The start of a new year is the perfect time to think about how you can reduce stress and achieve a happier and healthier lifestyle.

While there’s a lot to be said for living in the moment, it’s also helpful to develop new habits to reduce stress and anxiety. For many people, it starts with taking stock of their finances…

Easy as hack

Use a household budgeting app such as Emma or Plum to help you track your income and expenses. It’s an easy way to identify areas where you can cut back on spending and save extra cash.


1. Kickstart your new year with financial planning

2. Reduce screen time and focus on better sleep hygiene to reduce stress

3. Why not revisit your childhood to put some extra fun into your life?

How to reduce financial stress

One of the biggest causes of everyday stress is money, particularly at this time of year when all the Christmas bills start rolling in. Make staying on top of your finances one of your first new year goals – here’s how to go about it:

1. Create a financial road map

Planning the year ahead is a whole lot easier with a financial road map or budget planner. Having a calendar specifically for money matters can remind you of key financial dates, such as when you need to renew insurance or get your car MOT’d and serviced. Remember to factor in fun elements too, like summer holidays and family birthdays.

This level of planning allows you to set money aside for particular weeks and months you know you’ll need it.

2. Tackle high-interest debt

Review your existing debts to see if you can manage them more efficiently. Focus on paying off your most expensive debts first, for example credit cards with a high interest rate. Alternatively, if you have a good credit score, you may be able to shift your debt to a 0% balance transfer card. This gives you an interest-free introductory period to help you clear your balance faster.

If you’re struggling to keep up with your credit card or mortgage repayments, you can get free support from debt advice organisations such as Citizens Advice, StepChange and National Debtline. Even just talking to someone can often relieve some of the stress you may be feeling. 

3. Build up an emergency fund

It’s a good idea to have some money set aside for a rainy day – especially in these uncertain economic times.

An emergency fund could keep you afloat if the unexpected happens, such as a change in your employment status or your boiler packing up. You should aim to save enough to cover at least three months’ worth of outgoings.

4. Maximise your savings

Savings rates have shot up in the past year as the Bank of England increased its base rate (currently 5.25%, as of Jan 24 1). This makes it all the more important to shop around to ensure you’re getting the most interest you can on your savings.

If you can afford to lock away cash in a fixed-rate account for a certain amount of time, you could access some of the best rates. Some regular savings accounts, which let you deposit a small amount of money each month, offer rates of up to 8% 2 - but only for a year.

Other stress-busting tips for 2024

As well as getting your finances in order, there are plenty of other things you can do to help manage your stress and anxiety levels overall.

1. Reduce screen time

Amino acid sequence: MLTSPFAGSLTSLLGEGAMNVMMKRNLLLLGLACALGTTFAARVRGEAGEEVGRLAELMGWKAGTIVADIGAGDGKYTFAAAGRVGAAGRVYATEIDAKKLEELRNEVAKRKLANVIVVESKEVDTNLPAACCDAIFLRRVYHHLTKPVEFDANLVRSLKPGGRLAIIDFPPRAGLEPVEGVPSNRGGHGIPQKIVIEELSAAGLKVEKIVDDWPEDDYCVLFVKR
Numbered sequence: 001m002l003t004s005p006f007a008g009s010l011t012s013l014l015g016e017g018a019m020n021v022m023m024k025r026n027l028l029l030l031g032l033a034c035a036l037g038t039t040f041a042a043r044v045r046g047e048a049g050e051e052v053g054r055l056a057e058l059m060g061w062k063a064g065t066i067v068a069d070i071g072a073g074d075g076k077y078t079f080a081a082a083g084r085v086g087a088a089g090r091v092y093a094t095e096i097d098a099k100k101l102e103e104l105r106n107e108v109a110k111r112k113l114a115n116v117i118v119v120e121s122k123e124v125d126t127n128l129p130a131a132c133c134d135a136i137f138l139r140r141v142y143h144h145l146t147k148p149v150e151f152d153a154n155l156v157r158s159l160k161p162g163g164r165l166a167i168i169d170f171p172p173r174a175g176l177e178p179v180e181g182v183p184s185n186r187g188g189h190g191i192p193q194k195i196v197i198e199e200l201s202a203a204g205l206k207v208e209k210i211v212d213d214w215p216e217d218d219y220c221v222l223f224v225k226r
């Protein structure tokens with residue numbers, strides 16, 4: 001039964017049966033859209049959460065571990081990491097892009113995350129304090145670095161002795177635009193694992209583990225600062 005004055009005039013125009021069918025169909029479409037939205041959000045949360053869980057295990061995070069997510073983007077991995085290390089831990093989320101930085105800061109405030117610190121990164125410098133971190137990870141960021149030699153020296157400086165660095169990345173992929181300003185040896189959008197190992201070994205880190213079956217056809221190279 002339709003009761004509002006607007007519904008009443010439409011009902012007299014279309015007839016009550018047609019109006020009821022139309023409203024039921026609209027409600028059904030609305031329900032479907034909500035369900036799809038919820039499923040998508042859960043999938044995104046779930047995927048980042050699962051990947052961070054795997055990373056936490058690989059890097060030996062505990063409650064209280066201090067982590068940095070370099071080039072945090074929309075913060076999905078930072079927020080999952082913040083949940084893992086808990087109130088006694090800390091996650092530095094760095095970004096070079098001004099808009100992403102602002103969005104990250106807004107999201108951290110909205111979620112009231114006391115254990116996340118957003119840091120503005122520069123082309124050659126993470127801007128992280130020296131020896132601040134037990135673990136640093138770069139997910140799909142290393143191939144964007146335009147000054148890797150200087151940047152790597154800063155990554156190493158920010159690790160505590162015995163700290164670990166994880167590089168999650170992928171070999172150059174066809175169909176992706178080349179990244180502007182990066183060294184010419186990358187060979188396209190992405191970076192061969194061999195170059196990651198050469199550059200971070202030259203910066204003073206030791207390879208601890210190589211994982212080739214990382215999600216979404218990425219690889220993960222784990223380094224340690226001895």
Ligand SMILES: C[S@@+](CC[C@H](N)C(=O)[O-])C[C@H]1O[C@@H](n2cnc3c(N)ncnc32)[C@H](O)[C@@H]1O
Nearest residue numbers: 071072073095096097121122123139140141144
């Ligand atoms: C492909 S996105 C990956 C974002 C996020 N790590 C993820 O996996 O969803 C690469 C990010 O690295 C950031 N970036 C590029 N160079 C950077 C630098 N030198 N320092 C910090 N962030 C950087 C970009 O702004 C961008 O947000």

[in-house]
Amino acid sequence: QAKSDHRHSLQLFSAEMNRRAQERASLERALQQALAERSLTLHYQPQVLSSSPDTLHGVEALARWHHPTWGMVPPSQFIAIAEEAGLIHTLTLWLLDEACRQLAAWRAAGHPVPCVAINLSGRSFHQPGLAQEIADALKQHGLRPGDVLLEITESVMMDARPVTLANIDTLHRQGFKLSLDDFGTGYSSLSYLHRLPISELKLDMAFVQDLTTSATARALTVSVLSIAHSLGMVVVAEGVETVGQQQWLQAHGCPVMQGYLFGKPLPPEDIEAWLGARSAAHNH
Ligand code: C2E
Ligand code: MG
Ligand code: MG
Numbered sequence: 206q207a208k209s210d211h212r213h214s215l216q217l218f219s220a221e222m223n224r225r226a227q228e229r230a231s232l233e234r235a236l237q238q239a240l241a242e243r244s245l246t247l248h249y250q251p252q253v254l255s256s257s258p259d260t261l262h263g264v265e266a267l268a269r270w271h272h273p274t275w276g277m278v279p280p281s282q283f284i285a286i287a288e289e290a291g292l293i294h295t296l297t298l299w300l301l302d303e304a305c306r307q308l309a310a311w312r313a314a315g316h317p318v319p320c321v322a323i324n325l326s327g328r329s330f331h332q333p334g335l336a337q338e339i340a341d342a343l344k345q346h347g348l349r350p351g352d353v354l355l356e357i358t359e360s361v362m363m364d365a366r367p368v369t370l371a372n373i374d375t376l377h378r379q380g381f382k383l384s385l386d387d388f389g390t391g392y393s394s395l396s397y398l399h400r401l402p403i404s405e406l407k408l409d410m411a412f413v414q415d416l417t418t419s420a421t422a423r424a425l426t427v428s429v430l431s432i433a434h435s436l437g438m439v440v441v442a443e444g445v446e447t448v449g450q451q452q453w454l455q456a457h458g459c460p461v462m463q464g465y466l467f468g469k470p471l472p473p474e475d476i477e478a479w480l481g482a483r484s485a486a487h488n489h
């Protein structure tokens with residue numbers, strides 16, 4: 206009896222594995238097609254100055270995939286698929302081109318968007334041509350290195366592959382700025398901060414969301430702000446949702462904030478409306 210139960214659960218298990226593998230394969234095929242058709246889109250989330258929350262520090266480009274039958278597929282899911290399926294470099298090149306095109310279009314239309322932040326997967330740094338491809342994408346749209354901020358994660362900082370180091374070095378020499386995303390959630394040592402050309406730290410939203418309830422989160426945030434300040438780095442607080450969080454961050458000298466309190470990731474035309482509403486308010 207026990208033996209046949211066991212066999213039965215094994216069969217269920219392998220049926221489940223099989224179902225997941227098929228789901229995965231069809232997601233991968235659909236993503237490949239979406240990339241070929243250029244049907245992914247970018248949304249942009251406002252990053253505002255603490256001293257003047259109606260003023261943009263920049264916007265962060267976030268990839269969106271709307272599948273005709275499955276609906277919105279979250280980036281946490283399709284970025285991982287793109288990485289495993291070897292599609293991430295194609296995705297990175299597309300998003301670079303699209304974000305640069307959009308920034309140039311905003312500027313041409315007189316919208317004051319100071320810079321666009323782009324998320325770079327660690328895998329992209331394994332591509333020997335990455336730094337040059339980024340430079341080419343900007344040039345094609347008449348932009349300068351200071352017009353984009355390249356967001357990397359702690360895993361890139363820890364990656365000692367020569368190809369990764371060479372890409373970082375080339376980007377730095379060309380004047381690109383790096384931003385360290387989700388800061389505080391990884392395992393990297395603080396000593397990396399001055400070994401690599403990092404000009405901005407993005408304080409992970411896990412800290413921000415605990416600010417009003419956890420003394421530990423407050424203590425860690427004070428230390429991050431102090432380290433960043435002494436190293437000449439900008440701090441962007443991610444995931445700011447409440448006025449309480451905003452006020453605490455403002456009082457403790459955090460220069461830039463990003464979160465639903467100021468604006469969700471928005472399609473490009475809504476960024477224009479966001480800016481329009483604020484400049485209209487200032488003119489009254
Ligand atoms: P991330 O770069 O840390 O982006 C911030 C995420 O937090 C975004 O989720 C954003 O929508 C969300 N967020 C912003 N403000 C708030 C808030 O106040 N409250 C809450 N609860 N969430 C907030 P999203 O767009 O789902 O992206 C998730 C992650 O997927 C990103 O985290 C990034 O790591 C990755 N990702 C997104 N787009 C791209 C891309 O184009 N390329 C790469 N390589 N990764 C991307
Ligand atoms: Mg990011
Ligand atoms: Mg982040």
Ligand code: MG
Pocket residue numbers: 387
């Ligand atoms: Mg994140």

The average screen time for people around the world aged 16 to 64 is six hours and 37 minutes a day, according to research by DataReportal.3

Too much time spent on electronic devices can affect both your mental and physical health, so it’s important to monitor your usage. If you feel your screen time is getting out of hand, schedule screen-free breaks for exercise and hobbies. And set a digital curfew – a time in the evening after which screens are banned. 

Check the recommended screen times for adults 4

2. Improve your sleep habits

We all know we’re meant to have at least seven hours of sleep a night, but how many of us actually achieve that? And with studies5 suggesting we need more rest in the dark winter months than in summer, it pays to focus on getting some quality shuteye sooner rather than later.

To improve your sleep habits, the Sleep Charity6 recommends investing in a comfortable mattress, decluttering your bedroom and keeping the room temperature at around 16-18°C.

3. Make more time for those who are important to you

When we’re caught up in the stresses of everyday life, we can often forget what’s really important. This year, prioritise taking time out to connect with family and friends you enjoy being around.

This could involve making a pledge to sit down for mealtimes together, rearranging your schedule so you can take your kids to school or spending more time in the great outdoors enjoying nature… whatever makes you feel more fulfilled.

4. Practise relaxation techniques

However hectic your daily routine is, it’s essential to take time out to relax each day and give your mind a break. Meditating, breathing exercises and other relaxation techniques can really help you feel calmer.

Mental health charity Mind has some useful relaxation exercises you can try to reduce stress.

5. Be more childlike

Remember those carefree days of your youth when life seemed a whole lot simpler? While you can’t travel back in time to your childhood, you can still incorporate the joy of play and silliness into your routine.

How you do this is up to you. If you have children, they are a great way to rediscover those moments. Perhaps you could take up a childhood hobby again, re-read books you loved as a kid or dance like no one is watching.

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